What are dental bridges and is this type of restoration right for you? Before you choose one type of prosthetic over another, take a look at what you need to know about your options and the dental bridge procedure.
What Is A Bridge?
You can't make an informed decision about your dental work if you don't have all the facts. If you're not sure exactly what a bridge is, and how it can help you, the next step is to learn more about this type of restoration.
A dental bridge is one way to replace a missing tooth. The bridge includes a prosthetic (also known as artificial or fake) tooth that will fill the gap in your mouth. This dental device is more than just one fake tooth. A bridge requires the use of a crown on one side of the prosthetic to hold it in place. Some bridges are removable prosthetic devices. These have clips on both sides to secure the fake tooth.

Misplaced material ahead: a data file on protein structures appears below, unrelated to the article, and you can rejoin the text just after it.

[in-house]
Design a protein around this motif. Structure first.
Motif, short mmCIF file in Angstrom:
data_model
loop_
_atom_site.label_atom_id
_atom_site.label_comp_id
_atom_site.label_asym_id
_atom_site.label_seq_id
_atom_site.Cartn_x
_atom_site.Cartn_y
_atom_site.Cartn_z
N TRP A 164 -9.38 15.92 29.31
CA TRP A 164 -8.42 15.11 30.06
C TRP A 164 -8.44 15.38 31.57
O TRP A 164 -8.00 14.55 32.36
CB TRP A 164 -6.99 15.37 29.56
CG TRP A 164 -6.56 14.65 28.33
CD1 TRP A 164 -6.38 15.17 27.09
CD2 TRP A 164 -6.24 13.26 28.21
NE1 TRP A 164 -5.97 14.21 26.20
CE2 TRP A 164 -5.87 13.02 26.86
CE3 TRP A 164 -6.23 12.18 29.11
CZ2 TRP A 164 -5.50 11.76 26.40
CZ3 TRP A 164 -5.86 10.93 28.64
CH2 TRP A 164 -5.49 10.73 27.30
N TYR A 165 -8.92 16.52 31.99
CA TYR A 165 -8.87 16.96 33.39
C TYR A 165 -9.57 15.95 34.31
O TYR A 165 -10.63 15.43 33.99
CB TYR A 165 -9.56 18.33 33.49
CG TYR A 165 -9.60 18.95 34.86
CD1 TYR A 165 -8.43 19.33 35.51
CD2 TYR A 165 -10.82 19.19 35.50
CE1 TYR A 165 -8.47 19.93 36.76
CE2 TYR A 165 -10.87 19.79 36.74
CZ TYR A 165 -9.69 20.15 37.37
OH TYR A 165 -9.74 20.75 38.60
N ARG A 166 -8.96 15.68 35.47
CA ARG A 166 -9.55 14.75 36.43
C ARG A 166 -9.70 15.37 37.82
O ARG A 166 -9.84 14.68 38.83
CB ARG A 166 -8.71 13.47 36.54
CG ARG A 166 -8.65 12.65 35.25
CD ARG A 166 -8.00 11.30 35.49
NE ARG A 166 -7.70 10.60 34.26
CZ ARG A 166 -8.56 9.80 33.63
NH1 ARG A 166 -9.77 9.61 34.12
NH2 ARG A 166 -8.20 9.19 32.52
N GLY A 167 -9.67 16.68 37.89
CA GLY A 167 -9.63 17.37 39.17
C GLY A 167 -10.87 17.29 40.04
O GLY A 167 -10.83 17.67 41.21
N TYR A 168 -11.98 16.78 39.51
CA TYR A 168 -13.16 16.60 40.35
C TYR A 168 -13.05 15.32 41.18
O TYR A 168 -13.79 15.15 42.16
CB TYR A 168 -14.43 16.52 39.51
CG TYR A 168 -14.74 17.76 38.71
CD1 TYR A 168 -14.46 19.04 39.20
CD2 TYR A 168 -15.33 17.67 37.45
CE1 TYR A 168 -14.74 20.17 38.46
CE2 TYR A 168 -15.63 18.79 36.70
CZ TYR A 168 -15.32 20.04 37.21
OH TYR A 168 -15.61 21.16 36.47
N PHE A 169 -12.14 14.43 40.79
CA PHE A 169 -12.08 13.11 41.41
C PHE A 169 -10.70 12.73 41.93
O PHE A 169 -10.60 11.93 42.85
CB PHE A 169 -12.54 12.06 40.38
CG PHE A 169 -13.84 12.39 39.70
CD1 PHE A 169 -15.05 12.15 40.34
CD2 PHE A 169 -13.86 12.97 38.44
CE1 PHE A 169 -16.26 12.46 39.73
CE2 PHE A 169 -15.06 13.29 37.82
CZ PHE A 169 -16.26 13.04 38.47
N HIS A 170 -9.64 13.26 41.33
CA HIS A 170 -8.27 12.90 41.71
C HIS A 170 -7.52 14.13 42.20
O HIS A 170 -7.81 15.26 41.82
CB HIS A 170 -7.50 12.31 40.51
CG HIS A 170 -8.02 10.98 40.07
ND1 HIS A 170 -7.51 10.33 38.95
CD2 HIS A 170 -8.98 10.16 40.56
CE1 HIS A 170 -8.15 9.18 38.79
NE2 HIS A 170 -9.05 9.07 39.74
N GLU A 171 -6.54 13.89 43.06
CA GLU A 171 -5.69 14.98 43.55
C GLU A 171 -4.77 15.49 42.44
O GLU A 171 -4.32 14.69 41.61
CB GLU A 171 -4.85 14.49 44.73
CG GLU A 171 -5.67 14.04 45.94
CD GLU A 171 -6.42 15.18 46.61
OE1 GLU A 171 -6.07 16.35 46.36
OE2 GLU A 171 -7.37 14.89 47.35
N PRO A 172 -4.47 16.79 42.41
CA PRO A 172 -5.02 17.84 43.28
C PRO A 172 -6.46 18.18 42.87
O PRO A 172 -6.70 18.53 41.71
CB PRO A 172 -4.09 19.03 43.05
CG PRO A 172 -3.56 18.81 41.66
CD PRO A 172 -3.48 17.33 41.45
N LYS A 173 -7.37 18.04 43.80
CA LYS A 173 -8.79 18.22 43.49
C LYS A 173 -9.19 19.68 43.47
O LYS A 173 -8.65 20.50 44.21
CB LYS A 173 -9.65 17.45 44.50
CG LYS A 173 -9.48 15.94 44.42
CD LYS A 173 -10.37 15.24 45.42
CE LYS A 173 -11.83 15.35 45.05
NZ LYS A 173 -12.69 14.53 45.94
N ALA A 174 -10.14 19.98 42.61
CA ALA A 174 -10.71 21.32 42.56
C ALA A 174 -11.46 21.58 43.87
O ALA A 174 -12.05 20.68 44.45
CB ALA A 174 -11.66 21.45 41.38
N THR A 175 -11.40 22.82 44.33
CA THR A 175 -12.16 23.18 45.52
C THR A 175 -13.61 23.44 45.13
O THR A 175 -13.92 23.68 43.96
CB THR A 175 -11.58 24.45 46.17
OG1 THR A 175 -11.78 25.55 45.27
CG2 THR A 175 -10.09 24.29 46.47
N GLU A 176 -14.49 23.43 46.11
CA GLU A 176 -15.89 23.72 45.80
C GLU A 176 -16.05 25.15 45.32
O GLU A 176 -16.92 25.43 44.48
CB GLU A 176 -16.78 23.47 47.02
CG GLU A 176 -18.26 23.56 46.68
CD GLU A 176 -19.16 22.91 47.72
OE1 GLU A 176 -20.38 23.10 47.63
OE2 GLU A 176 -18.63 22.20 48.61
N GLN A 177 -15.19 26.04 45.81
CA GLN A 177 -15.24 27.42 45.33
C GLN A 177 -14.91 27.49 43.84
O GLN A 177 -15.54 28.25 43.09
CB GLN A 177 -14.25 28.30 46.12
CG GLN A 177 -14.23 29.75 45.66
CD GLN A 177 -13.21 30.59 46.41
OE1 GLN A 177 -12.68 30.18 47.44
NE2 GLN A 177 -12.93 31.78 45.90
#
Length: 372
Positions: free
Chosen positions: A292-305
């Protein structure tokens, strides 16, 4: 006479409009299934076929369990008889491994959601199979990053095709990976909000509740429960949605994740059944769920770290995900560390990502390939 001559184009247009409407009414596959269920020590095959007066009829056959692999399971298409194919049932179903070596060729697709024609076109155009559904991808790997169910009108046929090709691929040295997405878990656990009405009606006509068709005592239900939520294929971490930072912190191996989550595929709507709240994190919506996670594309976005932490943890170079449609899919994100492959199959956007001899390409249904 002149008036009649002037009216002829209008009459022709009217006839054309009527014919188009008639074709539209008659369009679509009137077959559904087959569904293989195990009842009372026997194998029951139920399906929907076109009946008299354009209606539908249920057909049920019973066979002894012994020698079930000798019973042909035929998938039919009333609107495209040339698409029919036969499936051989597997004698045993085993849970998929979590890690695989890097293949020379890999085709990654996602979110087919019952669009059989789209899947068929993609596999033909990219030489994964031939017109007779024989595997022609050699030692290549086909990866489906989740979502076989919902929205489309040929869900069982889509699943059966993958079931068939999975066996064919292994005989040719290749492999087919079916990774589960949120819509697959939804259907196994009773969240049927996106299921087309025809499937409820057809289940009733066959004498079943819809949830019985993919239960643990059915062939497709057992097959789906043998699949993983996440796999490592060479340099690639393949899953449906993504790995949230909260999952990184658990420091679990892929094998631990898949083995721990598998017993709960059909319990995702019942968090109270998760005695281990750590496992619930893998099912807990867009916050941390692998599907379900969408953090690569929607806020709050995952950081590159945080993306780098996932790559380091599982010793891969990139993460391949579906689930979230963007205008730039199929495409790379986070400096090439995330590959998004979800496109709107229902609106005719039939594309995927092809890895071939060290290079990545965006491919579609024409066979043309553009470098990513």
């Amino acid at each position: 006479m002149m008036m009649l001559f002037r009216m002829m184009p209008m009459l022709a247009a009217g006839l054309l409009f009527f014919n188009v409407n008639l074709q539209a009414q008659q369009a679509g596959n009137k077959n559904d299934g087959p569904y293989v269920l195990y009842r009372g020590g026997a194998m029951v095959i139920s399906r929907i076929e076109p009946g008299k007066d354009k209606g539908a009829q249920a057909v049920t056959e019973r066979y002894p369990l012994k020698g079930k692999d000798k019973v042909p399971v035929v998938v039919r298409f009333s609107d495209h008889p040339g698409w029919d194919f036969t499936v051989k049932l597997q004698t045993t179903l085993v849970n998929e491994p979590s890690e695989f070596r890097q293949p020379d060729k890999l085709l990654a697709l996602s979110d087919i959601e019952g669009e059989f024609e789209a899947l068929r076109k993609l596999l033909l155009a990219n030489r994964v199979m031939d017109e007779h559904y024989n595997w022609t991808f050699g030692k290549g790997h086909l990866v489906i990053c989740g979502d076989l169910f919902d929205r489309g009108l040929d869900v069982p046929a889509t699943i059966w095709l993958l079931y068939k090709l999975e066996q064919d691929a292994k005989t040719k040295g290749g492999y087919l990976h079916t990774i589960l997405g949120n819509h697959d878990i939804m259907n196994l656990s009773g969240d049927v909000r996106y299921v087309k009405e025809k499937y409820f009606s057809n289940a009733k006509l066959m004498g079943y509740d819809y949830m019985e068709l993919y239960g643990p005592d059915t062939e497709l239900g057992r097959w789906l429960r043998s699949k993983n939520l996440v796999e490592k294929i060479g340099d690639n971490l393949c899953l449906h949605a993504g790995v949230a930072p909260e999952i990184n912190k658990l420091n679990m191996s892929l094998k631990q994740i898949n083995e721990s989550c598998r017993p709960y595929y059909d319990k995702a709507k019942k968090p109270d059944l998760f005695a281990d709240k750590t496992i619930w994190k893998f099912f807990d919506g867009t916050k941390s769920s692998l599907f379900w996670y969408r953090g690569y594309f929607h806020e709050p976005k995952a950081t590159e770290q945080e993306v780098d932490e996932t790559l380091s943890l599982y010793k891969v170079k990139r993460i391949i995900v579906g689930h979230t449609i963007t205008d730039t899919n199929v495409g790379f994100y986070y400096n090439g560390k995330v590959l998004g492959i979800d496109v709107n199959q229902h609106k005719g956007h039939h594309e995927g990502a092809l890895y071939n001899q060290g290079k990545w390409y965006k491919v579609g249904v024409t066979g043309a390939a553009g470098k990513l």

Can A Bridge Replace Every Tooth?
Do you need to replace an entire row of upper or lower teeth? Unlike dentures, a bridge can't replace a full smile's worth of teeth. Instead, this dental device will fill smaller gaps and take the place of one or a few missing teeth. If a significant number of teeth are missing, a bridge isn't the best type of restoration or prosthetic option.
Should You Replace A Missing Tooth With A Bridge?
Simply stated, yes. Even though you don't have to replace a missing tooth, a bridge (or other prosthetic) has aesthetic, functional, and health benefits. What are the benefits of a bridge? These include:
Create a full smile. Gaps can make some people self-conscious. If you hide your teeth and won't smile because of gaps, a bridge offers an easy way to improve your dental aesthetics.
Chew easily. Missing teeth can make it difficult to eat. A bridge solves this problem, making it possible to dine on your favorite foods again.
Reduce the risk of bite problems. Without the right support, your other teeth could move or shift. This can throw off your might and lead to serious alignment issues.
Decrease pain. The gaps in your mouth can also put extra stress on your other teeth or your jaw. This can cause chronic pain or discomfort.
To learn more about the benefits of dental bridges, contact your dentist. The dental professional can help you to choose the best restoration for your individual needs.Share